Apparently you have no problem with price supports in food commodities, but that is really no different. Do you want a relatively cheap, steady supply of food? Notice that price supports do that. How can maintaining a higher than market price for commodities actually provide for a relative cheap price? It avoids the wild swings in the market, where shortages drive the prices above what consumers can afford and overproduction gluts the market and drives producers out of business.

    You’re ideal of the invisible hand is a great theory, but leads to market swings that are devastating.

    Whether or not tariffs are viable, or price supports, or possibly the effect of tearing up the Iran nuclear deal and re-imposing sanctions which may have the effect of lowering world oil production, we benefit from stable industries.

    Obviously the benefits would have to be weighed against the risks.

  72. Big Maq Says:

    Brian, your own argument starts with “stable energy industry”.

    Stable by what definition?

    Is it a definition that would disallow the left from making the same argument wrt their favored industries?

    “Apparently you have no problem with price supports in food commodities”

    I do have problems with that.

    And, furthermore, the majority of benefit of government support accrues to the larger players. No accident that the biggest proponents for that are from states that the biggest producers of agricultural product.

    Big players the biggest beneficiaries of big government intervention, costs borne by everyone else.

    “market swings that are devastating”

    Ah then. Should we have price supports for coal, gold, lumber, gravel? How might you think they deal with “devastating price fluctuations”? How do industries dependent on these inputs deal with it?

    Why stop there? Cost for construction workers swing rather signficantly. Should we peg their wages to a specific rate? What about minimum “living” wage for everyone – aren’t they important enough to give a “stable income” to?

    Why price supports and trade barriers? Wouldn’t it be so much more efficient to give the oil industry direct subsidies for domestically produced oil and not hit the broader public and manufacturing with higher oil prices?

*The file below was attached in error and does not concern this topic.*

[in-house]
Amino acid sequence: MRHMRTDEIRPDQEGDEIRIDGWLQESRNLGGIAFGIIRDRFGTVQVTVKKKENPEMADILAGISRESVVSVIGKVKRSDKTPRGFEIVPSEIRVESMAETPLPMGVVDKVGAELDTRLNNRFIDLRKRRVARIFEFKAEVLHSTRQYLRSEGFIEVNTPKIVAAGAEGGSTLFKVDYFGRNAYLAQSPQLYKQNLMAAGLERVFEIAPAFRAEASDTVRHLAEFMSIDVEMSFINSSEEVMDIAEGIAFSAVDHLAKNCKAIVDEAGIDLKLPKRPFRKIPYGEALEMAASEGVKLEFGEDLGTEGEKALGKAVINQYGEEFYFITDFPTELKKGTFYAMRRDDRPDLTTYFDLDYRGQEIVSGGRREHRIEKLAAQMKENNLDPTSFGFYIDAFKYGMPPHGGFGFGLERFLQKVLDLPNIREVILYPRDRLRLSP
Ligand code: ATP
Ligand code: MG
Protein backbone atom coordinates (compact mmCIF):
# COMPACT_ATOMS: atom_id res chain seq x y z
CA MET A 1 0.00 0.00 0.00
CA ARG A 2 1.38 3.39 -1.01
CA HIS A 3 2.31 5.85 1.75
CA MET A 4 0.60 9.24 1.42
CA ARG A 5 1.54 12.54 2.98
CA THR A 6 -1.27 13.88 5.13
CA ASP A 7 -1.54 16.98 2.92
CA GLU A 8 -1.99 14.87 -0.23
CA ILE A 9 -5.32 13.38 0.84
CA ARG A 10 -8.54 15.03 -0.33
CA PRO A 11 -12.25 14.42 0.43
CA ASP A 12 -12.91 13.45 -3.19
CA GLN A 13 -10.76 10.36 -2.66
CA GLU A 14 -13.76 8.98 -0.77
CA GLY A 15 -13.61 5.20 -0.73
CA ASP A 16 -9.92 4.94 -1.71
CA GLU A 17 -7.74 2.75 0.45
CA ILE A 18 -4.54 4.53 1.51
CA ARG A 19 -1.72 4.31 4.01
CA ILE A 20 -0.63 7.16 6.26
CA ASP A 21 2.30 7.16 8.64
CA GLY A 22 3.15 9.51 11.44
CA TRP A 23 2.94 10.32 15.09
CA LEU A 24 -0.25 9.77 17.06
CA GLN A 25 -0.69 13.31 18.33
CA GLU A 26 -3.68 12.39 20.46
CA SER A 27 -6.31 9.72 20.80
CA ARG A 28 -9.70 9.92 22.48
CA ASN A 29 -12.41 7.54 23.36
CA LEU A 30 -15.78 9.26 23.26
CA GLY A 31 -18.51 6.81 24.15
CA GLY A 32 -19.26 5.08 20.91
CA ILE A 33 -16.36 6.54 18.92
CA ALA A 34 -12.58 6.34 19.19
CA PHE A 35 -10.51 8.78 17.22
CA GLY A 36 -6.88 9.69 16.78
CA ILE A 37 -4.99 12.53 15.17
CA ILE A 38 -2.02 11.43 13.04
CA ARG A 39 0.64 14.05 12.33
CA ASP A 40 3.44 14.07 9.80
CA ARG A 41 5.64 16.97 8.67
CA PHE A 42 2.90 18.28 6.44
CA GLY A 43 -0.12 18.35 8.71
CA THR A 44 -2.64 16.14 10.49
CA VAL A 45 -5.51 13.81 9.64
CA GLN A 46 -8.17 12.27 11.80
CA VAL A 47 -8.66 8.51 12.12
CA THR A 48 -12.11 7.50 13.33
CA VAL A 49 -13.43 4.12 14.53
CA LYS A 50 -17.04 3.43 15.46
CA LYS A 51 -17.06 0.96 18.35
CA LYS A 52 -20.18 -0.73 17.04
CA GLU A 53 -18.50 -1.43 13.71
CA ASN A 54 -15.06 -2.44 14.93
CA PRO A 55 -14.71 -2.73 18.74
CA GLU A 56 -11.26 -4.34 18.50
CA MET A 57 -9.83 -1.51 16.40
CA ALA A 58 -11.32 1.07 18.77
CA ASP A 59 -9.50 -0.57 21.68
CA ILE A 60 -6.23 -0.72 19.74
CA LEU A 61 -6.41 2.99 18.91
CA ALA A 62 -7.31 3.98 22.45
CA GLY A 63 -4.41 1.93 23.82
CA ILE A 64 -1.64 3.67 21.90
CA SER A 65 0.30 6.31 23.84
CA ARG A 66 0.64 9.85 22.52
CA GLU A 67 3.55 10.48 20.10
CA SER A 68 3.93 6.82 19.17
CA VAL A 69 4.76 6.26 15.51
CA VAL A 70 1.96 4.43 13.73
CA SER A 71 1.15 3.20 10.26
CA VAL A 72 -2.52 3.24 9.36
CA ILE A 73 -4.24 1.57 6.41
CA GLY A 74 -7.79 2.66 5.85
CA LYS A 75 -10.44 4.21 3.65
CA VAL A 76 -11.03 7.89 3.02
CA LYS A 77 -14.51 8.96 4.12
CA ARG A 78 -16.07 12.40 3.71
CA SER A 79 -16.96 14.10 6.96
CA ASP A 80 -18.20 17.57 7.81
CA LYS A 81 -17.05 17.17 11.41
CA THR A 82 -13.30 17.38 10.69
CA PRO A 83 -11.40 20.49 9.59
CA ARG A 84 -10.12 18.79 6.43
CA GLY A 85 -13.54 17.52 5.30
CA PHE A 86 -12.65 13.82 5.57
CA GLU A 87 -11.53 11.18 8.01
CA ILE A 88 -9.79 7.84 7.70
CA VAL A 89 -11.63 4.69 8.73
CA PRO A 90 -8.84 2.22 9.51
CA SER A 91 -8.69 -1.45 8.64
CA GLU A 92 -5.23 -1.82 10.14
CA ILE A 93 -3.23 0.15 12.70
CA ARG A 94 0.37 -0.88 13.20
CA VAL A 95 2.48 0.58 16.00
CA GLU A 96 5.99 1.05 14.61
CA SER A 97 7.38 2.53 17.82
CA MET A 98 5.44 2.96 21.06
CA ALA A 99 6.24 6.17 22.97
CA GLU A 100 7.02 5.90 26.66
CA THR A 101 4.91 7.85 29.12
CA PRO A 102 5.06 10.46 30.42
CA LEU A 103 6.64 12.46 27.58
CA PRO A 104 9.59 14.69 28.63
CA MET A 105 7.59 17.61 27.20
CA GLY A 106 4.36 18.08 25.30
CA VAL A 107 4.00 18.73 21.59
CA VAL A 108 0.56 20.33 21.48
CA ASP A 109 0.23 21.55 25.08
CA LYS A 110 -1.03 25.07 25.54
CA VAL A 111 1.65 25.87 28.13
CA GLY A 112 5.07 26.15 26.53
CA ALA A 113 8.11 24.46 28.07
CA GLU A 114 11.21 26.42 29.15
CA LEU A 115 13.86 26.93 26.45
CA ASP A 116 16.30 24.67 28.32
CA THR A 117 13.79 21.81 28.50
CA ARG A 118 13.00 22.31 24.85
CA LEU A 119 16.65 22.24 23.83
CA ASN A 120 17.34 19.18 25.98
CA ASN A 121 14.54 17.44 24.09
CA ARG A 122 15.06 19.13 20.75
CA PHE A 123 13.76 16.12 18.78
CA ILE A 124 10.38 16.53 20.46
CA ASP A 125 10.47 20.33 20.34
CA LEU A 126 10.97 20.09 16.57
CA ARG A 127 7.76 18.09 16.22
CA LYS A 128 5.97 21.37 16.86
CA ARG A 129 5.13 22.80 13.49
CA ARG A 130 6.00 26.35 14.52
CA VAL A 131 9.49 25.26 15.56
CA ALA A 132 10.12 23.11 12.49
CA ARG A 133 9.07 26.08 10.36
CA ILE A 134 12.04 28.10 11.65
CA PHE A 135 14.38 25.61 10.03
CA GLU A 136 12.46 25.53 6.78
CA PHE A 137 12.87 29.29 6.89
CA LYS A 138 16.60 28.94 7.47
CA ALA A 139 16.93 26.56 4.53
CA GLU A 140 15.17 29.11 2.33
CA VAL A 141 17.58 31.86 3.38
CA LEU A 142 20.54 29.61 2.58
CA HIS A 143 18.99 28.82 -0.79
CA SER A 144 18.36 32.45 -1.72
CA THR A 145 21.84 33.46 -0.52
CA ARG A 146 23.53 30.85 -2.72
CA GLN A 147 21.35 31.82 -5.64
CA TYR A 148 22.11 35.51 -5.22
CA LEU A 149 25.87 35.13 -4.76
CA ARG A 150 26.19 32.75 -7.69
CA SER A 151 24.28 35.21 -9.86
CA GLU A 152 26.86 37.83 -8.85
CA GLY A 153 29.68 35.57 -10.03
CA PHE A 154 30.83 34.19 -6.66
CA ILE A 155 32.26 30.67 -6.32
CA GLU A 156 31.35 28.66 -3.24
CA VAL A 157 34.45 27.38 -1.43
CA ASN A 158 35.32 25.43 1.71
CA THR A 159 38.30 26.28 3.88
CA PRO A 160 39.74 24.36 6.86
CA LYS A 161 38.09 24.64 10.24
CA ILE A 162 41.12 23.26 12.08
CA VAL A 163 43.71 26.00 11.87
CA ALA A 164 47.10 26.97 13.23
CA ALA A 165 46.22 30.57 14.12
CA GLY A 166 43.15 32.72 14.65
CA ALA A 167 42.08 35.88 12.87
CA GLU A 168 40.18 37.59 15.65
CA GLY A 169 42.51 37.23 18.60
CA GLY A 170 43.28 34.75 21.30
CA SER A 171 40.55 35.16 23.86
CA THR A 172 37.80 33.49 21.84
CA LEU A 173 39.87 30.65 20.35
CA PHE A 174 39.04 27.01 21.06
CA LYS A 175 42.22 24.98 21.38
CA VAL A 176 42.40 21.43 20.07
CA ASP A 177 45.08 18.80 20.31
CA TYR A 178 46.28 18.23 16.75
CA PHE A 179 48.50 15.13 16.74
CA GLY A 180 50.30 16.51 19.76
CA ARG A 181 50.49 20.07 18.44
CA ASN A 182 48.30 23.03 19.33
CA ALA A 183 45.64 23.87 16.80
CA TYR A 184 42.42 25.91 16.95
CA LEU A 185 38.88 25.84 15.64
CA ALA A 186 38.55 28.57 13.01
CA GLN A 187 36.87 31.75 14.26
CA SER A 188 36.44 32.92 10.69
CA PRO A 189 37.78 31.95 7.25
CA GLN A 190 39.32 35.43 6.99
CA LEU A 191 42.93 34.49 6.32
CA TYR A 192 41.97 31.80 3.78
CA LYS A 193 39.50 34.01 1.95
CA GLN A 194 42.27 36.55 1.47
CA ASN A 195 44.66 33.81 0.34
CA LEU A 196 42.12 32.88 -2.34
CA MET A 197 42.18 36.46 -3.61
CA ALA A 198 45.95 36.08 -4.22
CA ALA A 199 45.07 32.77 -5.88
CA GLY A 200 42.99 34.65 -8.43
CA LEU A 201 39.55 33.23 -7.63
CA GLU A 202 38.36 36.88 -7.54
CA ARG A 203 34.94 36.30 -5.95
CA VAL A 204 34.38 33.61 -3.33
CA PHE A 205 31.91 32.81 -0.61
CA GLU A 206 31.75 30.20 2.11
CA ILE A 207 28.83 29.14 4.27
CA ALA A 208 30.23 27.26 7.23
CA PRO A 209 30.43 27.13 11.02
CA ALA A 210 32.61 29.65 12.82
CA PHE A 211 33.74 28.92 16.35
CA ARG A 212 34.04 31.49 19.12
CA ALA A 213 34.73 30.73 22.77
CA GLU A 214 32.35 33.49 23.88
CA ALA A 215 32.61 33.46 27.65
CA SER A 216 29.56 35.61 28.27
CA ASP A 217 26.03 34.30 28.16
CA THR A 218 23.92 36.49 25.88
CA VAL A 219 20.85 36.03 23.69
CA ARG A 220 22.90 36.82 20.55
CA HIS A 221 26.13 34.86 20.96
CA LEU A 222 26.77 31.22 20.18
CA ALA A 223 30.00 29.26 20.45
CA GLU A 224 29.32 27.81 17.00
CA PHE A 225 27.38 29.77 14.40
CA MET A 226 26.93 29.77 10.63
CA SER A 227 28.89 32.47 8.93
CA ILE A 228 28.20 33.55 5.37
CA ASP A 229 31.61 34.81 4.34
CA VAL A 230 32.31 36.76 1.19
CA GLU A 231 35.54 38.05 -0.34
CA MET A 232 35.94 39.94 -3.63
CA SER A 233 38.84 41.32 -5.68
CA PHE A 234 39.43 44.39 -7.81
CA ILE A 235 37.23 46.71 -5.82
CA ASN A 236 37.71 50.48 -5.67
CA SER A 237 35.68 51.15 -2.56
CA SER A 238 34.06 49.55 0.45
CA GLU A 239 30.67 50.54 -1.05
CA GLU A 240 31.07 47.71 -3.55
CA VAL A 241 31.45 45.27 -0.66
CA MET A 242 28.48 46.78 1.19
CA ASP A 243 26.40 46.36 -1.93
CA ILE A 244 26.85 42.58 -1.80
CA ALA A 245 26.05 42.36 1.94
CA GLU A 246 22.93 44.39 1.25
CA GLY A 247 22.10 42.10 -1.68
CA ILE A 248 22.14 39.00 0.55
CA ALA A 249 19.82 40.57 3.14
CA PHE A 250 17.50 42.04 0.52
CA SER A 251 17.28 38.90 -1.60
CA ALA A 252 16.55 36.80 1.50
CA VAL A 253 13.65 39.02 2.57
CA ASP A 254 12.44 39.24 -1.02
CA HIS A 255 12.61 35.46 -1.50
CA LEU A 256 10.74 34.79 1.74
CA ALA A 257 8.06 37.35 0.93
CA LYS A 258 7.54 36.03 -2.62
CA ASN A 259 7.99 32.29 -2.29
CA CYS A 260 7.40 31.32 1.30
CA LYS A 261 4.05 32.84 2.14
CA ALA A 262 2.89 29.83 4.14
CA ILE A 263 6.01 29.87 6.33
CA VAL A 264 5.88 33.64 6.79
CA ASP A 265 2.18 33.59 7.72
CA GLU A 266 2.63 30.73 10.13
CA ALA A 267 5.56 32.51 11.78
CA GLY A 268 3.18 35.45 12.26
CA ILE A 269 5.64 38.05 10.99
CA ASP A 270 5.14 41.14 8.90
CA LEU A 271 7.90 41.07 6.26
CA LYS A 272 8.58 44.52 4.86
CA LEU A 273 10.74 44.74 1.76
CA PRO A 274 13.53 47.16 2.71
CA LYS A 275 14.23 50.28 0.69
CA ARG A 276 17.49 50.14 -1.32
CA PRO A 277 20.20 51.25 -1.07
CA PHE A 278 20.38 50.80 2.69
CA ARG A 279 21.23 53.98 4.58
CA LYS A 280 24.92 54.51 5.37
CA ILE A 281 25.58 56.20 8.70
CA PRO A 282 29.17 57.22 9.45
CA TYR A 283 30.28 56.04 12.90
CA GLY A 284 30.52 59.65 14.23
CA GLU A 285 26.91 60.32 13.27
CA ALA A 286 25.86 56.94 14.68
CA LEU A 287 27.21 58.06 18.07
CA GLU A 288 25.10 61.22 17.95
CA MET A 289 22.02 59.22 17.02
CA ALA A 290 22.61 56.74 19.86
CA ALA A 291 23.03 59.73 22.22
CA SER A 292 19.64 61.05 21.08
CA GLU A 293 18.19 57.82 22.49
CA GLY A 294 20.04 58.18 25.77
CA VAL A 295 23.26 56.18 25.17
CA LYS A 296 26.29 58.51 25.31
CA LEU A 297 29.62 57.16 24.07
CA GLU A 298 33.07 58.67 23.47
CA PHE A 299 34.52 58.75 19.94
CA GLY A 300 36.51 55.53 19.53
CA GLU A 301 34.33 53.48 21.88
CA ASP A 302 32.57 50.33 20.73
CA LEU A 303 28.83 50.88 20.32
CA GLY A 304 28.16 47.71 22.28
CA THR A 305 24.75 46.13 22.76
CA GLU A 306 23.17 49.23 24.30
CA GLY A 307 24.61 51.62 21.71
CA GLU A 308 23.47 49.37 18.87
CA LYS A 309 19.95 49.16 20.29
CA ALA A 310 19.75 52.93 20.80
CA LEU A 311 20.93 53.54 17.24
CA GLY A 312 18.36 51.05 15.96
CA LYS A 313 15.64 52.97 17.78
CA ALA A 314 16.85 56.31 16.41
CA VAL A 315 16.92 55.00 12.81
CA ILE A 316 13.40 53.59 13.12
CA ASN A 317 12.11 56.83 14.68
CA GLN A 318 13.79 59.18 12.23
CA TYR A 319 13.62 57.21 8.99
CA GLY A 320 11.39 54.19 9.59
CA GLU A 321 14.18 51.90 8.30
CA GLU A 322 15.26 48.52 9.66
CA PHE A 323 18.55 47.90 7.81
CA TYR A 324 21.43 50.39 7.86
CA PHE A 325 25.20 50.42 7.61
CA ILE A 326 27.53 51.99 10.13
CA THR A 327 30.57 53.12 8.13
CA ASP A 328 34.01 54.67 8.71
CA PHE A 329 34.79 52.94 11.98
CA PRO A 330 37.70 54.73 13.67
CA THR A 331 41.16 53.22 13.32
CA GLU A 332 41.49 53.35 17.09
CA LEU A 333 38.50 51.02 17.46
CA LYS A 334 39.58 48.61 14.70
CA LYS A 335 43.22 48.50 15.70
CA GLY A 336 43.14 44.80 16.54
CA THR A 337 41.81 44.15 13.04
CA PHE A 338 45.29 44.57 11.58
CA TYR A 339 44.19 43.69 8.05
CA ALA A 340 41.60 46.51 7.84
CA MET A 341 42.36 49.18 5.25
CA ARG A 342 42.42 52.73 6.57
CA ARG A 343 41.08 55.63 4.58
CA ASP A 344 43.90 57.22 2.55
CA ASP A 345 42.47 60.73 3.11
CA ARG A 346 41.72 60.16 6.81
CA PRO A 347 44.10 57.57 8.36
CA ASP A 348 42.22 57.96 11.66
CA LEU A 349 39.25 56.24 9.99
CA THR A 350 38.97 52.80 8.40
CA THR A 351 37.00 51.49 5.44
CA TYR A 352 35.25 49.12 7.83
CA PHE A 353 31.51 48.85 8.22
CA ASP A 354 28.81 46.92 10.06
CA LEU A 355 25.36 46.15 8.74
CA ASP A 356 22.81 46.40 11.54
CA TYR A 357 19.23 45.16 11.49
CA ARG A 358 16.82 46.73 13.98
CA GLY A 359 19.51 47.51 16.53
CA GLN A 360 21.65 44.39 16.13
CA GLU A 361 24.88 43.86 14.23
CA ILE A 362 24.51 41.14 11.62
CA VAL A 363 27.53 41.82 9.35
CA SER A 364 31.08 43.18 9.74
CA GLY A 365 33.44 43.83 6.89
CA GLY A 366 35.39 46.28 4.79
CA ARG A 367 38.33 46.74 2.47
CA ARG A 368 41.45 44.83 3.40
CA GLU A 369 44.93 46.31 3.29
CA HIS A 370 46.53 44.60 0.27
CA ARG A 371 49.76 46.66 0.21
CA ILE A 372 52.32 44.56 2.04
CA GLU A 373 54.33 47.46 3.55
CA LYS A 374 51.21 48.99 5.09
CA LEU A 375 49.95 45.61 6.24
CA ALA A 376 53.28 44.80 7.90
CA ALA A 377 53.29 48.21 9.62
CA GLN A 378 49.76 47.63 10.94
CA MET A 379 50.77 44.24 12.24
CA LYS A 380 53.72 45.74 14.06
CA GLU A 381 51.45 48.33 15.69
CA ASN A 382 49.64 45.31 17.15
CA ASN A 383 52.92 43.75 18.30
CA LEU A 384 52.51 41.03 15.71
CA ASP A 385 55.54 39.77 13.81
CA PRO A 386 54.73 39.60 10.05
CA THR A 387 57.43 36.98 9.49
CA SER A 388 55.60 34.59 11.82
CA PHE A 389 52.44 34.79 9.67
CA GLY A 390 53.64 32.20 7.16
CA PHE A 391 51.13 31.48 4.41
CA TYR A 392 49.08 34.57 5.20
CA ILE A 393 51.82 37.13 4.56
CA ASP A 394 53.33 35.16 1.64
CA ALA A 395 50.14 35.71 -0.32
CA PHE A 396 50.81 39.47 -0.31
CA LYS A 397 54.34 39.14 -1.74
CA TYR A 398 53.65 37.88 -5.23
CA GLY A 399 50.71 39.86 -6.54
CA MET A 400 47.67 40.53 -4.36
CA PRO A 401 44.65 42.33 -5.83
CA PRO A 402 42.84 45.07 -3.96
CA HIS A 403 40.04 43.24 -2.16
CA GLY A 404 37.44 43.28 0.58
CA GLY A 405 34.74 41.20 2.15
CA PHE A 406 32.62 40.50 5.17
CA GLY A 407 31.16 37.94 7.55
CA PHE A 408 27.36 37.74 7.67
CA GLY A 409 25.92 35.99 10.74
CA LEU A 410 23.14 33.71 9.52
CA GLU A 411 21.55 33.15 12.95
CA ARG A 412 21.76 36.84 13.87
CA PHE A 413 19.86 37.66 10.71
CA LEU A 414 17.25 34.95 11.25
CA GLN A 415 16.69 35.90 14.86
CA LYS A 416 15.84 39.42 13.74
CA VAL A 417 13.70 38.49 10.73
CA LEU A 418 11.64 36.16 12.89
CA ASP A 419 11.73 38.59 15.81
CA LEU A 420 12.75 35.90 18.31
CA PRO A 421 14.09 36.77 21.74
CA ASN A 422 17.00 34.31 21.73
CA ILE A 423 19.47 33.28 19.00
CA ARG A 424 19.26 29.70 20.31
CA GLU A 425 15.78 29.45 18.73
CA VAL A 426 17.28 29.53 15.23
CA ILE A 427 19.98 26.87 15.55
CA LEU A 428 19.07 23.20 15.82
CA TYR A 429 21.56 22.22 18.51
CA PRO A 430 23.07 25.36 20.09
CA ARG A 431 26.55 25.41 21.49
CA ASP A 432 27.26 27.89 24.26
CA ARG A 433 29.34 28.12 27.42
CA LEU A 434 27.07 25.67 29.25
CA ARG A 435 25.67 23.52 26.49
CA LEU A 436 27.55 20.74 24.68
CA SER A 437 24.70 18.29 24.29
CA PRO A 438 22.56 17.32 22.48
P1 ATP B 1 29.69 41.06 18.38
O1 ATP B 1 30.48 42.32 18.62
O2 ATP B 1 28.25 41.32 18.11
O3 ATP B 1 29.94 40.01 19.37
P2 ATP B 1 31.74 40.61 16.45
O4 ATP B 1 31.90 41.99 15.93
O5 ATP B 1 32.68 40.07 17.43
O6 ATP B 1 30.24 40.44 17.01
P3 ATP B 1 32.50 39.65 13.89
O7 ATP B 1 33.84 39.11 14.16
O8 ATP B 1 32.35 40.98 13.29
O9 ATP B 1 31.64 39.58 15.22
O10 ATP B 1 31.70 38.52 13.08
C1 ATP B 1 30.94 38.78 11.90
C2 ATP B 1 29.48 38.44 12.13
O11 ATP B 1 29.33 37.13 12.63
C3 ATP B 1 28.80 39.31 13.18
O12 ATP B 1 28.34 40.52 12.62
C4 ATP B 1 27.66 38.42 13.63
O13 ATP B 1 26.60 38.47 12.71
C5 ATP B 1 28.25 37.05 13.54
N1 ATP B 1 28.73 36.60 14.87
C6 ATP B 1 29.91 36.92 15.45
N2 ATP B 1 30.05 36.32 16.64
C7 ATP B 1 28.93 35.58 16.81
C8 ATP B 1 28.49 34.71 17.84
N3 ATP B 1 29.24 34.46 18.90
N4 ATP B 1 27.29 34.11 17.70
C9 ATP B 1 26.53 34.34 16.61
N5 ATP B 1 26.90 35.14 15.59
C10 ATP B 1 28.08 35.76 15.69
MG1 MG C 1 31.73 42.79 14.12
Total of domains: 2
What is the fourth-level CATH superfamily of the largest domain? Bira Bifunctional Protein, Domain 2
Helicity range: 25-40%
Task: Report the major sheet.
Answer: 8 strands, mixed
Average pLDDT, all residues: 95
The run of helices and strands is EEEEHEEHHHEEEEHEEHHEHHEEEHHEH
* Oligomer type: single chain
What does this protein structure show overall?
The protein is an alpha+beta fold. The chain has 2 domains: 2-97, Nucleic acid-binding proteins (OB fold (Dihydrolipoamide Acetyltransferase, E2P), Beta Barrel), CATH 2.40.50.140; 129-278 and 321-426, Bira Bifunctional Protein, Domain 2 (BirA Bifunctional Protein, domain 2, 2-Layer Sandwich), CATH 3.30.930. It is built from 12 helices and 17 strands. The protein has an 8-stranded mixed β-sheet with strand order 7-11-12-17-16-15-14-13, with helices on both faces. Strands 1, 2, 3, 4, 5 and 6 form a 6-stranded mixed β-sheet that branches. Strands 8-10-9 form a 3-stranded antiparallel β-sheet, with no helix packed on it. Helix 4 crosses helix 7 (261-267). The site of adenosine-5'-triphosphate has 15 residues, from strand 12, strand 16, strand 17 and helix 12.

How much would that be of the government budget? Afraid it would then become too visible just how much it costs to support the one industry, and the political flack that would create? Is there ever really a time when those programs can be retired, or are they effectively in place “forever”?

    When the dems get in, what stops them from doing the same for solar energy (to name but one example) on the same / similar grounds?

    In fact, what’s stopping them from eliminating the need for oil altogether and mandating we use renewable resources exclusively by, say 2020, all entirely based on the very same argument?

    No doubt there’d be plenty of jobs in those industries created, and it would eliminate one huge source of income from the ME.

    Do you not see how what you argue, and variants of the same, gets used for justifying all kinds of government action?

    It is not just that there are some smart people we can put into a room to make benefits vs the risks analysis for all the rest of us. It is that they just cannot have all the knowledge and expertise to make such claims.

    The dems had such smart people figuring out how the medical insurance industry ought to work. They evidently weighed the benefits vs the risks and came out with the ACA.

    If we presume that some smart people in a room can do such things and come up with the “correct” policy, we are doomed to failure.

    WORSE, we provide the arguments and tools that aid and abet the left’s G-March.

  73. Ymarsakar Says:

    Again, people are wasting time arguing government policies when they aren’t even in the government or advising anyone that is.

    The reason the ALt Right has influence is because they do what the youth do well naturally. Play games. Brag on social media. Create self help groups. Make money and memes and youtube videos. They don’t need to argue policies. First they get power, then they argue policies and then find who to implement them, whether that’s getting rid of 66% of people in government or not.

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Previously a lifelong Democrat, born in New York and living in New England, surrounded by liberals on all sides, I've found myself slowly but surely leaving the fold and becoming that dread thing: a neocon.